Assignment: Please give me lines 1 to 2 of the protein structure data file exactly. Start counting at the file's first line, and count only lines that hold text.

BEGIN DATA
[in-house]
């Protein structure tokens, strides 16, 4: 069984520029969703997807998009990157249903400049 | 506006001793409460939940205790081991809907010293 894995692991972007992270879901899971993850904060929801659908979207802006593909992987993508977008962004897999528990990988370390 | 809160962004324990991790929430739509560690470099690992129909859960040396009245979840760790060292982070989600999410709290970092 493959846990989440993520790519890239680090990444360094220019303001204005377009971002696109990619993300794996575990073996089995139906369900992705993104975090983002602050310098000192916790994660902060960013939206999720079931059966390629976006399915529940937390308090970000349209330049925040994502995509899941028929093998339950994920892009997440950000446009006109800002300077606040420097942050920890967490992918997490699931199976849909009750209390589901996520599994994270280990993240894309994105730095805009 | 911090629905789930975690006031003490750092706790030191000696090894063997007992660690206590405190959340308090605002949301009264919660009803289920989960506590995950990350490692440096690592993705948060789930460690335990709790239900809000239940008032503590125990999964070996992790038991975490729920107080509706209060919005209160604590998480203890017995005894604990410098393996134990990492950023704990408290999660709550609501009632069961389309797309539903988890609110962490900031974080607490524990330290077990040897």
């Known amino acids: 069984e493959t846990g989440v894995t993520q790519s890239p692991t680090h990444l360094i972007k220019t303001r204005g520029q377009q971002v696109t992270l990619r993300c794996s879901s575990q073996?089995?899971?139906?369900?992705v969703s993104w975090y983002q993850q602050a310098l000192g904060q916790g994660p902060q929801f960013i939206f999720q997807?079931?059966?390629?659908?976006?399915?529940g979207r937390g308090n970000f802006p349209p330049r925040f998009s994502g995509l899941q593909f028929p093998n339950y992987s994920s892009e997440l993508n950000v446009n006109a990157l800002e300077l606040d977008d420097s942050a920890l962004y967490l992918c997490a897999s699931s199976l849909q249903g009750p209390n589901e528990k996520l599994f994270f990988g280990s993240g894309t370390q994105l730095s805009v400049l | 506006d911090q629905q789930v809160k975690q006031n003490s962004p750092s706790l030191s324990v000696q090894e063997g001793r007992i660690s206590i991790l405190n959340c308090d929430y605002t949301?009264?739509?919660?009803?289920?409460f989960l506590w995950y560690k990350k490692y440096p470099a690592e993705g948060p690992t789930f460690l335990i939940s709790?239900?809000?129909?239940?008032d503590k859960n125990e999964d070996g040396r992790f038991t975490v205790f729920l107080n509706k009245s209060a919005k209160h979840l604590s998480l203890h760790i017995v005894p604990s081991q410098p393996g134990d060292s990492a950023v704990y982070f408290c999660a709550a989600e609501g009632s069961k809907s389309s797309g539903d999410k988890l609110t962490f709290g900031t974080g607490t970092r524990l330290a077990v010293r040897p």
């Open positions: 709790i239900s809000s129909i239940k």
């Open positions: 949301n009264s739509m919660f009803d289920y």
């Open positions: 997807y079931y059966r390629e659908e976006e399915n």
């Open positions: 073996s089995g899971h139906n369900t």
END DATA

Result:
[in-house]
């Protein structure tokens, strides 16, 4: 069984520029969703997807998009990157249903400049 | 506006001793409460939940205790081991809907010293 894995692991972007992270879901899971993850904060929801659908979207802006593909992987993508977008962004897999528990990988370390 | 809160962004324990991790929430739509560690470099690992129909859960040396009245979840760790060292982070989600999410709290970092 493959846990989440993520790519890239680090990444360094220019303001204005377009971002696109990619993300794996575990073996089995139906369900992705993104975090983002602050310098000192916790994660902060960013939206999720079931059966390629976006399915529940937390308090970000349209330049925040994502995509899941028929093998339950994920892009997440950000446009006109800002300077606040420097942050920890967490992918997490699931199976849909009750209390589901996520599994994270280990993240894309994105730095805009 | 911090629905789930975690006031003490750092706790030191000696090894063997007992660690206590405190959340308090605002949301009264919660009803289920989960506590995950990350490692440096690592993705948060789930460690335990709790239900809000239940008032503590125990999964070996992790038991975490729920107080509706209060919005209160604590998480203890017995005894604990410098393996134990990492950023704990408290999660709550609501009632069961389309797309539903988890609110962490900031974080607490524990330290077990040897």